Bright lights, no city
by Maria Martinez-Ugartechea | 26 July 2017
It's early spring, it’s freezing, and I’m drenched but in spite of this somehow I’m happy. Skógafoss, the 60 metre tall Icelandic waterfall, just sprayed my friend and I. As we run back to our little rented car, through the muddy riverside, I realise: that was exhilarating!
It’s our first day in Iceland and we’ve already seen two waterfalls (we also visited Seljalandsfoss) and have driven by the infamous Eyjafjallajökull volcano, which erupted in 2010 causing enormous disruption to air travel across Europe.
I’ve wanted to explore this island since I was a child and I’m hoping I’ll get to see the Aurora Borealis. I’ve done my research, I know the Northern Lights are elusive and unpredictable, but I also know that by coming in March we have a good chance of seeing them because the nights are still long and dark and there is higher solar activity near the spring equinox.
I change my clothes awkwardly inside the car and we drive off. My friend is behind the wheel and I’m the co-pilot, a very easy task considering there is only one road and we are the only ones on it. We are driving the Ring Road, or Route 1, a motorway that, as its name suggest, circles the whole country. People say that if you didn’t stop you could drive it in less than two days, but of course you want to stop. You’ll want to stop every five minutes.
The landscape is stunning! It’s craggy and eerie, it looks like an elf’s world; something taken out of J. R. R. Tolkien’s books, with thousands of big volcanic black boulders covered by bright green moss and snow.
It’s a gusty day. Even with the car windows up you can still hear the loud wind whistling.
We are on our way to Jökulsárlón, a large glacier lagoon on the edge of Vatnajökull National Park. It’s an amazing place to watch the lights, not only because it’s far away from any light pollution but also because it’s a beautiful spot. The lagoon connects the Vatnajökull glacier with the ocean and visitors get to see human-sized, turquoise blocks of ice that have broken away from the glacier floating away towards the sea, playful seals swimming amongst them.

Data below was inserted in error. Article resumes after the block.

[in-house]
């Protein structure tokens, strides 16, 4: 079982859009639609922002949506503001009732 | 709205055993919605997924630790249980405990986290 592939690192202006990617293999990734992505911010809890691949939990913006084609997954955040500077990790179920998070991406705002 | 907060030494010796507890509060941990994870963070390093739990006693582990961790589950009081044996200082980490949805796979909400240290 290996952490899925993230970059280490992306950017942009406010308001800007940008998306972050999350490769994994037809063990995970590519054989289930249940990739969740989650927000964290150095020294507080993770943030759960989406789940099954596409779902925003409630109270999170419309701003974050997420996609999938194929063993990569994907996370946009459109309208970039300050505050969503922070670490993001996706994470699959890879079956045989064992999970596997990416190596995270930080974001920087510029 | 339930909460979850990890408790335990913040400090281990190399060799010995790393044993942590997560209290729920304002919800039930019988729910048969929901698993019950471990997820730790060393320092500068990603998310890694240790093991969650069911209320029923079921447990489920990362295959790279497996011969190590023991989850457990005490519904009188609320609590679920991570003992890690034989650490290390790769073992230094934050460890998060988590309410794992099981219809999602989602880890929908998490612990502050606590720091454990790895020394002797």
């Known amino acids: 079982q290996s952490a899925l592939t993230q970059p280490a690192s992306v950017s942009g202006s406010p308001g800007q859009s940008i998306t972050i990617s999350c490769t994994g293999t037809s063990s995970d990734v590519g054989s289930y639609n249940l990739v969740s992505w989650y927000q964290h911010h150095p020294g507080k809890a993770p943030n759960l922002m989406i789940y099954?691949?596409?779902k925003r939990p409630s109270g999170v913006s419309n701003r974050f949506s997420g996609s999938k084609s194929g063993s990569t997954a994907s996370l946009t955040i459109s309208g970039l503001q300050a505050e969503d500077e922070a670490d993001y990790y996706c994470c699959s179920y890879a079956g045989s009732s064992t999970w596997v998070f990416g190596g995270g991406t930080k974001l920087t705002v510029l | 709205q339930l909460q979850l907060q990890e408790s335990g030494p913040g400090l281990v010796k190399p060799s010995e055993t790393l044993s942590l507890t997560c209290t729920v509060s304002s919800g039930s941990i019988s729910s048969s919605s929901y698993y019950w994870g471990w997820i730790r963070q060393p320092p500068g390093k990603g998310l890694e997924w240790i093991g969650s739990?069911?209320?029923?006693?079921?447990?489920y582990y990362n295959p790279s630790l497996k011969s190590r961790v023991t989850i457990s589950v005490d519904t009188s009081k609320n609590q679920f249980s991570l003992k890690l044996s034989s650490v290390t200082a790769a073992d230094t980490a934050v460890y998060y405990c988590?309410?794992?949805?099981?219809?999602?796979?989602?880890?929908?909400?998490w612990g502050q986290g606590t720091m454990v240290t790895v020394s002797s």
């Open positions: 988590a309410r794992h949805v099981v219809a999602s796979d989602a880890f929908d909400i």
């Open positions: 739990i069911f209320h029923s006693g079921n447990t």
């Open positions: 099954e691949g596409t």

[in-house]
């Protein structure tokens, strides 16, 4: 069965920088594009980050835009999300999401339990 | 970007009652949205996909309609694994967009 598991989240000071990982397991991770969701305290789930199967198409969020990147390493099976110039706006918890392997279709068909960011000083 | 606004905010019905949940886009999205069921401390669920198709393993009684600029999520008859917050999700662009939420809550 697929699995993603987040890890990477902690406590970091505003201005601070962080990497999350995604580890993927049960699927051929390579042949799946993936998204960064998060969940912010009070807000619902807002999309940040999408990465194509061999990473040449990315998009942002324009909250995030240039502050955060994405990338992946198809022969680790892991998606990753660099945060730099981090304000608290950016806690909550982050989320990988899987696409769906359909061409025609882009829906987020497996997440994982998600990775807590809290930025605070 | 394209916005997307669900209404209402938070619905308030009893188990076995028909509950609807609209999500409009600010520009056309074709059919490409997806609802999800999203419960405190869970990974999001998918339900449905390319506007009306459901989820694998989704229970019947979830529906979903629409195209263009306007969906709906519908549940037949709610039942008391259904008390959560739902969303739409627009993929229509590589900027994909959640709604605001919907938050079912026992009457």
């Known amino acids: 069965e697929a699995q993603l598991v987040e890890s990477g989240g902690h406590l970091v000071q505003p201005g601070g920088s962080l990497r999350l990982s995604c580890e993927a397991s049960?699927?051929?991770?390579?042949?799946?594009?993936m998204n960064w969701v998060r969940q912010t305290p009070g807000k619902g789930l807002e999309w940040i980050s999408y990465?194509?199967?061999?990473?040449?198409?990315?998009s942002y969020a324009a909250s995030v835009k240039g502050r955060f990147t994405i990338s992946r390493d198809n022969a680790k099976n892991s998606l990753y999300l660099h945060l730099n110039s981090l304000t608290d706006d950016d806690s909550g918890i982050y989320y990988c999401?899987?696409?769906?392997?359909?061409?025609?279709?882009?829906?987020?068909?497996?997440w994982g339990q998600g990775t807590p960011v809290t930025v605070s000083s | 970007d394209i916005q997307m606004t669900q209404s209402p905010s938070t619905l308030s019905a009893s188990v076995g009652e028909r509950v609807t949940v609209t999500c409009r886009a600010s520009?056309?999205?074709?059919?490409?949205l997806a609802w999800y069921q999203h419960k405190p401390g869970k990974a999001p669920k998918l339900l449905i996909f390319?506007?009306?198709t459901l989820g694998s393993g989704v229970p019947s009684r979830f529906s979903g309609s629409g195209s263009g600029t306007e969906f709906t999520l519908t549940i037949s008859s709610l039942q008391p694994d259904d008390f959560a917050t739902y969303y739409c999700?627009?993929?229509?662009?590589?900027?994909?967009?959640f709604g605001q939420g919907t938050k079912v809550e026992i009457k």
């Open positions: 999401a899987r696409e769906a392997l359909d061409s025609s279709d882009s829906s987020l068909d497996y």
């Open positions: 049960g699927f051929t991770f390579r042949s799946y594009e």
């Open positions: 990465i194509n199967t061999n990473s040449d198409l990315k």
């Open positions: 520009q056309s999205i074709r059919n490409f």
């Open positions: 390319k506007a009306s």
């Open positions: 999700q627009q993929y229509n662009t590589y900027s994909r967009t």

As we drive up to the mountain, we enter a cloud of thick fog. When we come out of it, the sky is cloudy and I start to wonder whether I’ll get to see the lights. But I keep looking up.
Suddenly I see something moving in the sky. We are 15 minutes away from the lagoon and the inky sky starts to clear. Dim green streaks begin to show. I cannot believe it. This is really happening.
Within a matter of minutes there are iridescent colours shimmering above us. We get to Jökulsárlón and rush out of the car. My heart is pumping fast and I feel like a small child in awe. Greens, yellows, and pinks are flickering. Colourful rays are swirling across the sky, on both sides of the lagoon. Some burst quickly like flashing lights and some seem to move slowly. Then I see a gleam of green in the shape of a phoenix and I just can’t stop looking at the sky. The Aurora Borealis continues to dance above us for another two hours and even though I’m surrounded by ice and snow I feel warm inside.
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